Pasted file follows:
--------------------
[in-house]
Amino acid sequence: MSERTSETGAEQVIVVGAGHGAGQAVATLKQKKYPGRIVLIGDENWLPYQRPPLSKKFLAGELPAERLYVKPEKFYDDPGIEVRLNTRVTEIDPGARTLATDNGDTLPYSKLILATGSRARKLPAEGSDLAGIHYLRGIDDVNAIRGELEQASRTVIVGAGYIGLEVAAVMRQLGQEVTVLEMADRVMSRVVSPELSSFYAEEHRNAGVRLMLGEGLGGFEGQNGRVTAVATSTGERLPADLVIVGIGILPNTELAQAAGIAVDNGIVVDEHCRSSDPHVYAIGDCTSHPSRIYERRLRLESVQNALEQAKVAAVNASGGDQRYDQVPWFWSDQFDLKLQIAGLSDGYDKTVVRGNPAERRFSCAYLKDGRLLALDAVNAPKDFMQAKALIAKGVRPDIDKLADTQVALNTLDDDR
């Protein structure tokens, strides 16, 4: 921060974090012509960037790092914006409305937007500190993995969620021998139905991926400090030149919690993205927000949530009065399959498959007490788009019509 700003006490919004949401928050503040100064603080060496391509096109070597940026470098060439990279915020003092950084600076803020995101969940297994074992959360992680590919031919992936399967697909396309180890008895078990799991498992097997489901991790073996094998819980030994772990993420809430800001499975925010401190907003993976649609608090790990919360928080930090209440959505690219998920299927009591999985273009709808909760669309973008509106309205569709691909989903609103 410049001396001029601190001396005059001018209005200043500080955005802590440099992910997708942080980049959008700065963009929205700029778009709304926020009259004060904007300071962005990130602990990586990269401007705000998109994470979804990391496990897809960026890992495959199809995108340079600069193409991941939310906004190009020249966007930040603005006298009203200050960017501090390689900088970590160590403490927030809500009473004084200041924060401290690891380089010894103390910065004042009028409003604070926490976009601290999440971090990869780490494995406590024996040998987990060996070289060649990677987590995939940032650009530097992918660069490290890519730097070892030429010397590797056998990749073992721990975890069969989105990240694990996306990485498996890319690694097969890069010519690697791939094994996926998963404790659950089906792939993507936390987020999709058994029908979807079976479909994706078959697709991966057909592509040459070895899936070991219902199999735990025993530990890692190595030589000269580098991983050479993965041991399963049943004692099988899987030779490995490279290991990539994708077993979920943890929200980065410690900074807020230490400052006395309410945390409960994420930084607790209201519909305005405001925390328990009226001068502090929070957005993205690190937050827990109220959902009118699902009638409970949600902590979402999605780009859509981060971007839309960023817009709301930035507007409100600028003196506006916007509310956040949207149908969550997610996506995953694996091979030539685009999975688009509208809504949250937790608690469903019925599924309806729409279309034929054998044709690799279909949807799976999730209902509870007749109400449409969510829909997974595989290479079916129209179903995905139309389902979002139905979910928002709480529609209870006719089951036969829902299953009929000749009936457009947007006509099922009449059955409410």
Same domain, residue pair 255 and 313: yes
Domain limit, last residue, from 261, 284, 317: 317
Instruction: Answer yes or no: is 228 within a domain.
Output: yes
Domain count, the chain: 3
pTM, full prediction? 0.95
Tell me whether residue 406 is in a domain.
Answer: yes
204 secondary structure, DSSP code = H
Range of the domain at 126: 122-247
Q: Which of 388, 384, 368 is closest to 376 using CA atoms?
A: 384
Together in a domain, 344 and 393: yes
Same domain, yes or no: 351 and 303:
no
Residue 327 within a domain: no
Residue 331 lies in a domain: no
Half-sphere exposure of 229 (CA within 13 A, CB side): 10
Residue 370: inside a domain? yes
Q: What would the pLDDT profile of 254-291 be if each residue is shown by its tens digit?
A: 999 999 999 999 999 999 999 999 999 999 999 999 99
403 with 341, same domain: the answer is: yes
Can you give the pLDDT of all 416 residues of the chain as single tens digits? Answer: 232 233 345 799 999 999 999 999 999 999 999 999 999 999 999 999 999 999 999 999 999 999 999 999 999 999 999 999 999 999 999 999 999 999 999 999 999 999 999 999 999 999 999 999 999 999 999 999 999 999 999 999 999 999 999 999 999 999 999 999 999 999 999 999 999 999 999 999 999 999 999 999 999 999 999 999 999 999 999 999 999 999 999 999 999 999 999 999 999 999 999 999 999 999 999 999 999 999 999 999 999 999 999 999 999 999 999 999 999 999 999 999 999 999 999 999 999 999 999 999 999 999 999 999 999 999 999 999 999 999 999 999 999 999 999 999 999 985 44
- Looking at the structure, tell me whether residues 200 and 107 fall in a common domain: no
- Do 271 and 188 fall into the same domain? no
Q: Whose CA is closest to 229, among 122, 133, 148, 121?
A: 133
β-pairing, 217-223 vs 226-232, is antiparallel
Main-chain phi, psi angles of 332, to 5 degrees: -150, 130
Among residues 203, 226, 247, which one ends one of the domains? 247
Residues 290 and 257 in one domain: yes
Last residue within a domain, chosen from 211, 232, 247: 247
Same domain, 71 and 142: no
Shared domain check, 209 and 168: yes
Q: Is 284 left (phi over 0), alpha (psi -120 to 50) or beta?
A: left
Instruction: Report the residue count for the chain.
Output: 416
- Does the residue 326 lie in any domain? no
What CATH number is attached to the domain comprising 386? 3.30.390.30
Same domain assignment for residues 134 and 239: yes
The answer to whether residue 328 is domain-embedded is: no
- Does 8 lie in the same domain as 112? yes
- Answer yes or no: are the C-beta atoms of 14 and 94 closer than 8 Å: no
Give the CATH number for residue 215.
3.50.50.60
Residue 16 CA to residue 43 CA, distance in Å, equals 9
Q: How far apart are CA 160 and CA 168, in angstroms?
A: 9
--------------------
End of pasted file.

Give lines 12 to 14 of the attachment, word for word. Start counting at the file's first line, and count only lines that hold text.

204 secondary structure, DSSP code = H
Range of the domain at 126: 122-247
Q: Which of 388, 384, 368 is closest to 376 using CA atoms?